AI-biotech BioXcel Therapeutics, the company developing previously approved drugs for the treatment of new indications met endpoints in Two Phase 3 Trials and is going to file a New Drug Application with the U.S. FDA in the first quarter of 2021. The drug candidate BXCL501, also known as dexmedetomidine, has been repurposed to treat acute agitations appearing in schizophrenia and bipolar disorder. The company’s other drug candidate BXCL701, an innate immunity activator, is currently ongoing a Phase 2 clinical trial as a part of combinational therapy to treat several cancer types.

Another clinical-stage drug candidate, obtained via AI-assisted repurposing, is LAM-002A by AI Therapeutics and Yale School of Medicine -- a potential treatment against COVID-19.     

Exscientia has advanced its drug candidate, DSP-1181, toward entering clinical trials. Unlike in the case of repurposing, DSP-1181 was designed from scratch using the company's AI-driven end-to-end platform Centaur Chemist™. The treatment is intended to treat obsessive-compulsive disorder and is a product of collaboration with Sumitomo Dainippon Pharma. 

Some other AI-biotech companies which have clinical-stage pipelines include BenevolentAI, BlackThorn Therapeutics, Berg Health, Lantern Pharmaceuticals, Recursion Pharmaceuticals, and other companies. The full list can be found in our report: A Landscape of Artificial Intelligence (AI) In Pharmaceutical R&D.

The emerging role of AI tech in fighting COVID-19

This post would have been incomplete without a brief review of how the ongoing global pandemics influenced the adoption of new technologies, in particular, artificial intelligence. Predictably, the urge to tackle pandemics on the one hand, and a suddenly opened landscape of opportunities -- on the other hand, prompted a true “biotech race” to develop anti-coronavirus therapeutics, vaccines, biomarkers, and commercial diagnostic tools. AI has rapidly become the important tool for researchers to fight COVID-19, in many roles -- from analyzing massive amounts of research literature generating disease hypotheses, to hit discovery, drug repurposing, biomarker discovery, and studying disease progression patterns to identify treatment relevance. 

Many organizations provided free excess to their data for AI training or gave away certain research results for others to use for the public benefit. 

It should also be noted that so-called “big tech” companies, such as Microsoft, Amazon, Google, and others have been increasingly active in 2020 in terms of establishing open collaborations with various biotech players -- a favorable opportunity for them to increase presence in the healthcare territory.

Below I summarized just several examples of companies using AI, among other technologies, to contribute to the global fight against coronavirus pandemics.


One case of drug repurposing to tackle COVID-19 was initiated by a UK-based startup, BenevolentAI, that predicted Eli Lilly’s drug “Olumiant” can stop the disease development. The drug is used for treating rheumatoid arthritis as it controls inflammation in patients. BenevolentAI suggested that the same mechanism will work in Covid-19 patients, moreover Olumiant has potential to prevent the virus from entering the lung cells. Eli Lilly has started a phase 3 clinical trial to find out whether AI prediction will work in real benefits.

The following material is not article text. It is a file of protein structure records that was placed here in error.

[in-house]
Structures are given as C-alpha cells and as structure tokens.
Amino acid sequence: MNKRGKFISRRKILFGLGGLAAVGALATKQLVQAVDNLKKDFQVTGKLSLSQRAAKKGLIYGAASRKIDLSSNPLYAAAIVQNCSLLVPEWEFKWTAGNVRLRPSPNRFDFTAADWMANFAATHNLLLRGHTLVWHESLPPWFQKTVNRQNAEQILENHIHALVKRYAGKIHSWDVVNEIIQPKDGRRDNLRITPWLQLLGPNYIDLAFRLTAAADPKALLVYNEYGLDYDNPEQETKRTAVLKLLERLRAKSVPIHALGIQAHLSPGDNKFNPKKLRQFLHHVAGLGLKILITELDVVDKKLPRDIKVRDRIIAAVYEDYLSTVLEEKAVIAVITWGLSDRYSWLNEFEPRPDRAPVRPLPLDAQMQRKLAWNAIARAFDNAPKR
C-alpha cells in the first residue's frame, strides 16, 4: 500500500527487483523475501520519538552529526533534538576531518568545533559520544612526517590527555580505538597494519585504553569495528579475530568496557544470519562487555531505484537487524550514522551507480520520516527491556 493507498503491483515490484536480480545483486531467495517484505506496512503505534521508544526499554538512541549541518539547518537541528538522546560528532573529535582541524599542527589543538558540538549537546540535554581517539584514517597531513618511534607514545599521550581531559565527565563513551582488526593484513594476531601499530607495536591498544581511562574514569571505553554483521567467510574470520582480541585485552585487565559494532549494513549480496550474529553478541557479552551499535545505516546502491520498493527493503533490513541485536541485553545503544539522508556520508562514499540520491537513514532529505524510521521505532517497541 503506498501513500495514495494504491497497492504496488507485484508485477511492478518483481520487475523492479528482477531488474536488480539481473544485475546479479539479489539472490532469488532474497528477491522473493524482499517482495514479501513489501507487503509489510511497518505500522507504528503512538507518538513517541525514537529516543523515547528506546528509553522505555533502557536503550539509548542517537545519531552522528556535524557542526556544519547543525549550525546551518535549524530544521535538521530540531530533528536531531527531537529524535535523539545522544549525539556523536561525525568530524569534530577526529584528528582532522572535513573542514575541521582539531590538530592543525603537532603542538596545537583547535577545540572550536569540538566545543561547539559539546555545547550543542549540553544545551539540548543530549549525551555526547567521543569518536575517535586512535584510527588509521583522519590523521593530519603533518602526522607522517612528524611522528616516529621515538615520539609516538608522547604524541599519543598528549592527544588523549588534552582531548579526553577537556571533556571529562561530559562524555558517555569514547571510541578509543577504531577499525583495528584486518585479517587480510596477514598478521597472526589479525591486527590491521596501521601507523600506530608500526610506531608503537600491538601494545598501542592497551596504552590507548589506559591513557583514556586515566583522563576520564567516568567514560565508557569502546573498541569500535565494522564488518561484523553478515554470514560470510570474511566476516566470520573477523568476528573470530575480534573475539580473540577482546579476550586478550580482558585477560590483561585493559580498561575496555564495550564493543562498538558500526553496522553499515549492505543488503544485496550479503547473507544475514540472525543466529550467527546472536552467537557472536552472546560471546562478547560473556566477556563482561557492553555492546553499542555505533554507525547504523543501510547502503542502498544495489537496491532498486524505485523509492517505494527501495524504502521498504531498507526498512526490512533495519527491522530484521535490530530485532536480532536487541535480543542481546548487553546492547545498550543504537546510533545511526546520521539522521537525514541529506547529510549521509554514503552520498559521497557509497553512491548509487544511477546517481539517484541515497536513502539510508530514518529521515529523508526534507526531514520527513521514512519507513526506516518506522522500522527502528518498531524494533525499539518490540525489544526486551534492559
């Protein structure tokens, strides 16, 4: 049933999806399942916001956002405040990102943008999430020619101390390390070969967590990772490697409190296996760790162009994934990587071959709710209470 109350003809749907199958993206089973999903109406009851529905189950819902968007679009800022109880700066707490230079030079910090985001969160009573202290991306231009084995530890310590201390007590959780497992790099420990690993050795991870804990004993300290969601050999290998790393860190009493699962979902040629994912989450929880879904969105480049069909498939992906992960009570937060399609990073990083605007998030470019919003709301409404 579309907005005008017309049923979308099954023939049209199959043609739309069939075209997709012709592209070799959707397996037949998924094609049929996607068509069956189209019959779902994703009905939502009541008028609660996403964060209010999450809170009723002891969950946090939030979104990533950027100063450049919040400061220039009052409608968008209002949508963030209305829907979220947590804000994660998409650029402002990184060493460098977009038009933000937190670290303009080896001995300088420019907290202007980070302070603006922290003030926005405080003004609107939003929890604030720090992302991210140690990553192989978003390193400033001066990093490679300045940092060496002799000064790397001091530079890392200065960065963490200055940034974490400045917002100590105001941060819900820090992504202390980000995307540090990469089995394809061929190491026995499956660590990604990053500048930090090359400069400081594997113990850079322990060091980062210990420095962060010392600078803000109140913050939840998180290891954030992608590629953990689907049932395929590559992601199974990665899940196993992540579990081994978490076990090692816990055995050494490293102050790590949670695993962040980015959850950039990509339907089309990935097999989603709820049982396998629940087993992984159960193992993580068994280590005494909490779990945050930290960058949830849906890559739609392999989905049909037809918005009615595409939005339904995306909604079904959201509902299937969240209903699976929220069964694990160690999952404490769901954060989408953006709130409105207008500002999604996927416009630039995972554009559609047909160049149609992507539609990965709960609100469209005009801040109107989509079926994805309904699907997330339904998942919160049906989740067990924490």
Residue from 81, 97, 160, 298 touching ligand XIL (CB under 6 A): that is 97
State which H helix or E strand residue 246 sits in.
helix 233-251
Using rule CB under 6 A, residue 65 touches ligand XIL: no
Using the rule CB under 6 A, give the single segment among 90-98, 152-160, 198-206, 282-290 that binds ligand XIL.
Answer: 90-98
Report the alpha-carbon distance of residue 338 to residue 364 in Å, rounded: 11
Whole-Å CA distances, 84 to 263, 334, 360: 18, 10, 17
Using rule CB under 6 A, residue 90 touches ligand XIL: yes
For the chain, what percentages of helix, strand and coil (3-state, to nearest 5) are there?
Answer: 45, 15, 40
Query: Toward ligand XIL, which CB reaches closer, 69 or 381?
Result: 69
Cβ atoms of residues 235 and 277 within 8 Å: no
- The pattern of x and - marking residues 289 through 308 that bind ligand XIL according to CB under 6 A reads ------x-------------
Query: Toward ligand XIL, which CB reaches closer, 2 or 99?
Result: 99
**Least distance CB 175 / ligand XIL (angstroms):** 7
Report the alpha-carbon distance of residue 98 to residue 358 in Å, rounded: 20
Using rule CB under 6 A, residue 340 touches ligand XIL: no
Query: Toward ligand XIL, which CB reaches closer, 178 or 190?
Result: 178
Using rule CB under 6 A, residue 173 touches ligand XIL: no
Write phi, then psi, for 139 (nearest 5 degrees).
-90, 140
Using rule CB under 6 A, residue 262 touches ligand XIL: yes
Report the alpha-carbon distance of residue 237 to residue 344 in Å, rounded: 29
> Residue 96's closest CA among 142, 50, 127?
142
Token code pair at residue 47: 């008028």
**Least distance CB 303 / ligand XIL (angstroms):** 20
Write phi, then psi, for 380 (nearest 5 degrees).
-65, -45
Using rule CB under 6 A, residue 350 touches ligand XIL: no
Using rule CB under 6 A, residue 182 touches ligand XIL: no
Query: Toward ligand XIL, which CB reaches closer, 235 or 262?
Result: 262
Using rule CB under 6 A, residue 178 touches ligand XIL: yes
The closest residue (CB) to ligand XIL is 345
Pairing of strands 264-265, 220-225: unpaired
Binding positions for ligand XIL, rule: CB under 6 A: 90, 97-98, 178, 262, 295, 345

Repurpose.AI partnered with Scripps research to find drug candidates to treat the coronavirus. Their joint collection of approved and investigational drugs accounted for nearly 8000 of compounds. The collaboration uses Repurpose.AI's ActivPred AI Drug Discovery Platform.


Many efforts are also made toward creating novel COVID-19 therapeutics, including attempts to block SARS-Cov-2 main protease. For example, PostEra initiated the Covid Moonshot project to crowdsource molecular design ideas. PostEra applied AI to prioritize ideas and find optimal synthesis routes. The project is funded via crowdfunding, philanthropy, and grants, establishing a strong case for open science drug discovery, where the public benefit will be derived via joint effort and not that of a particular commercial organization. 


In June, UK-based startup Biorelate opened free access to its cloud-based platform GalacticAI, allowing researchers to use advanced ML algorithms to analyze millions of research text sources, extracting insights on targets, disease mechanisms, and existing drug options relevant to tackling COVID-19. 


In March Microsoft Corporation announced the expansion of partnership with Adaptive Biotechnologies to study population-wide immune response to SARS-CoV-2. The data are collected from thousands of blood samples, with the help of Illumina platform Adaptive Biotechnologies indicates specific antibodies that induce immune response. These data are freely available on ImmuneCode, updating online in real time. Microsoft’s hyperscale machine learning technology and the Azure cloud platform allow continuously refining the accuracy of the data. Another initiative included a grant, awarded by Microsoft AI to Mount Sinai Health System to support the newly-established COVID Informatics Center (MSCIC). MSCIC will use Microsoft Azure cloud computing enabling the development of AI tools that can improve care and evidence-based medicine treatment for coronavirus patients. 


In response to the urgent need to navigate through tons of information about COVID-19, Amazon Web Services (AWS) launched ML enabled  CORD-19 Search website. It is based on Allen Institute for AI’s CORD-19 open research dataset that contains about 128,000 scientific materials. Researchers can easily search the information on the website, as relevant information has been already extracted by the provided ML algorithms. 


In June, Schrödinger announced advanced COVID-19 drug discovery efforts with Google Cloud, a significant expansion of its work to discover novel antiviral therapeutics for COVID-19 as a part of a philanthropic global initiative. Google Cloud shared its parallel computing capabilities to increase screening pace to billions of molecules per week.

Topics: Industry Trends    Biotech Companies    Emerging Technologies